Ninety per cent of Midlands business leaders will need to rethink their tax and innovation strategy as the Government has confirmed new R&D tax relief rules, first announced in the Budget, according to new research from accountancy firm, BDO.
The bi-monthly Rethinking the Economy survey of 500 leaders of medium-sized businesses reveals the significant proportion of Midlands businesses that will be impacted by the announcement which aims to target abuse, improve compliance and drive UK innovation.
Experts warn that without forward planning and a holistic tax strategy, this could have substantial implications on business’ cashflow and moreover for innovation in UK businesses and particularly in the regions.
Ross Northall, partner at BDO LLP, said: “At a policy level, it makes sense that the Government are seeking to onshore R&D, enhance UK innovation and better police genuine UK R&D but, practically, business leaders need a plan.
The 90&D overa of Midlands businesses with overseas R&D will need to consider modelling the impact of these tax changes on their R&D claim.
“This will allow them to truly understand the net cost of innovation for future R&D now the detail has been announced. Of course, the greatest cost to UK Plc could be that businesses invest less in R&D overall as they’re not able to transfer the current level of investment into the UK.”
ONS figures estimate that approximately £25.9 billion of the £47.5 billion of R&D investment in 2019 was in the UK with the remainder spent overseas.
BDO tax director, Claire Hudson, added: “For business leaders, this isn’t a case of just re-looking at their approach to R&D. Companies need to take a strategic approach and consider the detail of these changes and whether a restructure is required.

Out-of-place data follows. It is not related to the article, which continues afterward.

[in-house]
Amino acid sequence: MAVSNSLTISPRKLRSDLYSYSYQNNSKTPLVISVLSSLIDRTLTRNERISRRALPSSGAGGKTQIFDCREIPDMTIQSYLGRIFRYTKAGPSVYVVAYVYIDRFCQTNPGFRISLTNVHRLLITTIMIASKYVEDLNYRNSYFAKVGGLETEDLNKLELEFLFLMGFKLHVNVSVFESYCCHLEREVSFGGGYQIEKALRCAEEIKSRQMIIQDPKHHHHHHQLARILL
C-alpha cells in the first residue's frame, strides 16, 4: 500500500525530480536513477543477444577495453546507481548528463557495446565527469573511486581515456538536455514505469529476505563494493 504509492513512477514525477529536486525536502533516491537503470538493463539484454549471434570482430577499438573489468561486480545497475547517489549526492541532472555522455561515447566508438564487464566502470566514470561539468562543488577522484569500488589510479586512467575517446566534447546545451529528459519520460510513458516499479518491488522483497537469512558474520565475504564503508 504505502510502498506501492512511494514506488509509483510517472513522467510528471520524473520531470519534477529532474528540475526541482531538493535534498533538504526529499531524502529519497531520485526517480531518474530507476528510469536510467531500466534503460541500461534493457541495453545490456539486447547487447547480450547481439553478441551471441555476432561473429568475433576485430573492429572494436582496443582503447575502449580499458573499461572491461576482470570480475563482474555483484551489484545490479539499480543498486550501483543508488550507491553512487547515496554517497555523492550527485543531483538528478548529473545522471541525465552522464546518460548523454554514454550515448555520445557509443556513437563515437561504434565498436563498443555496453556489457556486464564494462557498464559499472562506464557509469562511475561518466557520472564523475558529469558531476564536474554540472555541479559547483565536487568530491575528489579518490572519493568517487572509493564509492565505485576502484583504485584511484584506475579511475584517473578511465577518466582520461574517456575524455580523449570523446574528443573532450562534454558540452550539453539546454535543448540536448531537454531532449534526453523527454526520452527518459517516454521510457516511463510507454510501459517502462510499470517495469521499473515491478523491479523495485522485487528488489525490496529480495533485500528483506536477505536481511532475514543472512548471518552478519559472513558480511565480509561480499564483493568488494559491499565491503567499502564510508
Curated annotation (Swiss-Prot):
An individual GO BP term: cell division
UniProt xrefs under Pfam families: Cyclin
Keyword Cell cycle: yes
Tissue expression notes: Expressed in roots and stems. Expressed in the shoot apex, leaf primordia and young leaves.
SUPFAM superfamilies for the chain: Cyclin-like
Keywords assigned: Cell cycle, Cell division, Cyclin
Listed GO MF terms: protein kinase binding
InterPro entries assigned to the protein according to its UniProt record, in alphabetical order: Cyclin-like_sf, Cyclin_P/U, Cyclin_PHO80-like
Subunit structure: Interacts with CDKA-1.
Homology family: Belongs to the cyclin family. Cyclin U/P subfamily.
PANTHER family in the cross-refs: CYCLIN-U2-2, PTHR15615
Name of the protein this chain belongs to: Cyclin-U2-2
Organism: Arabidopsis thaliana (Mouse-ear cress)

“There are several corporate tax considerations, such as whether onshoring would result in a transfer of IP, whether transfer pricing is impacted, and any overseas entities need to be liquidated. The good news is there is time to get into the detail, but this needs to be a priority for leaders in the new year.”
Businesses have struggled with staff shortages over the past 12 months and our most recent data showed 77 per cent of Midlands businesses are already planning to increase their use of contractors to bridge the skills gap next year. Skills shortages could also be a considerable barrier to onshoring effective R&D.
BDO tax partner, Ben Tarry (pictured), who leads the Global Employer Services team, added: “The changes may also have an impact on staffing models within businesses, which could see a need for increased resource located in the UK.
“This could either be through permanent transfers, project workers or other. In each scenario there will be a need to consider the tax, social security and payroll compliance implications of cross-border employee movement.”
There is also a Government consultation – open until January 7, 2022 – seeking views on the introduction of a UK re-domiciliation regime, which would make it possible for companies to re-domicile and therefore easier to relocate to the UK.